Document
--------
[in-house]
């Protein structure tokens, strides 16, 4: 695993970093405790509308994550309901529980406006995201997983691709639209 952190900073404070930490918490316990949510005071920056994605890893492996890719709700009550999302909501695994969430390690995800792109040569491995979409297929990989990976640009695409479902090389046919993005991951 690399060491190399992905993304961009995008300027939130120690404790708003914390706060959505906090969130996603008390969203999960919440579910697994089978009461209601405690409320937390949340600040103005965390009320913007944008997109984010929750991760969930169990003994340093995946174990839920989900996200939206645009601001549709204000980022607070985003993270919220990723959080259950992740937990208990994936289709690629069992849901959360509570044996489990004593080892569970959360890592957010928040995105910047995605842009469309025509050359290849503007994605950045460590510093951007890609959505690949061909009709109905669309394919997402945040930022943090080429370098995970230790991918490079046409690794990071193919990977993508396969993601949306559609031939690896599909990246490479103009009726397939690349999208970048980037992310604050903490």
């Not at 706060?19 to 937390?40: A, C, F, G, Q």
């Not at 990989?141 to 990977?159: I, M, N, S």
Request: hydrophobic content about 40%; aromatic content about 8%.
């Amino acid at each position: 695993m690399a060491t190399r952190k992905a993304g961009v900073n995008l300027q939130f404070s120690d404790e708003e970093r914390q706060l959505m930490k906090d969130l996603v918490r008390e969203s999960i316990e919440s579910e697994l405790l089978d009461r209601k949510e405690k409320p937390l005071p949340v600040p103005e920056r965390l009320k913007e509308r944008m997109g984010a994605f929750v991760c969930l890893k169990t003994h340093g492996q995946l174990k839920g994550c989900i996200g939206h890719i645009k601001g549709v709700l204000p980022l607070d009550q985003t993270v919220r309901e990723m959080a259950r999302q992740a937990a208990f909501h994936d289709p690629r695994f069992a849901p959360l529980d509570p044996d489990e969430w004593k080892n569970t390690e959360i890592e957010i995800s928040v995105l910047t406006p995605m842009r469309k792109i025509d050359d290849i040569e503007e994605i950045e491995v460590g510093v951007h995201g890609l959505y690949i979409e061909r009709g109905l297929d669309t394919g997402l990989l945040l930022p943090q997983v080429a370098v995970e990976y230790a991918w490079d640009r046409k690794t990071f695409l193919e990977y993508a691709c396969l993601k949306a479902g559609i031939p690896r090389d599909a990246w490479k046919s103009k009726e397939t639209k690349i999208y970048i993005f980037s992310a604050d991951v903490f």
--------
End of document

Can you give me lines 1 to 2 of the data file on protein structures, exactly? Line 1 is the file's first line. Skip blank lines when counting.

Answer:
[in-house]
């Protein structure tokens, strides 16, 4: 695993970093405790509308994550309901529980406006995201997983691709639209 952190900073404070930490918490316990949510005071920056994605890893492996890719709700009550999302909501695994969430390690995800792109040569491995979409297929990989990976640009695409479902090389046919993005991951 690399060491190399992905993304961009995008300027939130120690404790708003914390706060959505906090969130996603008390969203999960919440579910697994089978009461209601405690409320937390949340600040103005965390009320913007944008997109984010929750991760969930169990003994340093995946174990839920989900996200939206645009601001549709204000980022607070985003993270919220990723959080259950992740937990208990994936289709690629069992849901959360509570044996489990004593080892569970959360890592957010928040995105910047995605842009469309025509050359290849503007994605950045460590510093951007890609959505690949061909009709109905669309394919997402945040930022943090080429370098995970230790991918490079046409690794990071193919990977993508396969993601949306559609031939690896599909990246490479103009009726397939690349999208970048980037992310604050903490």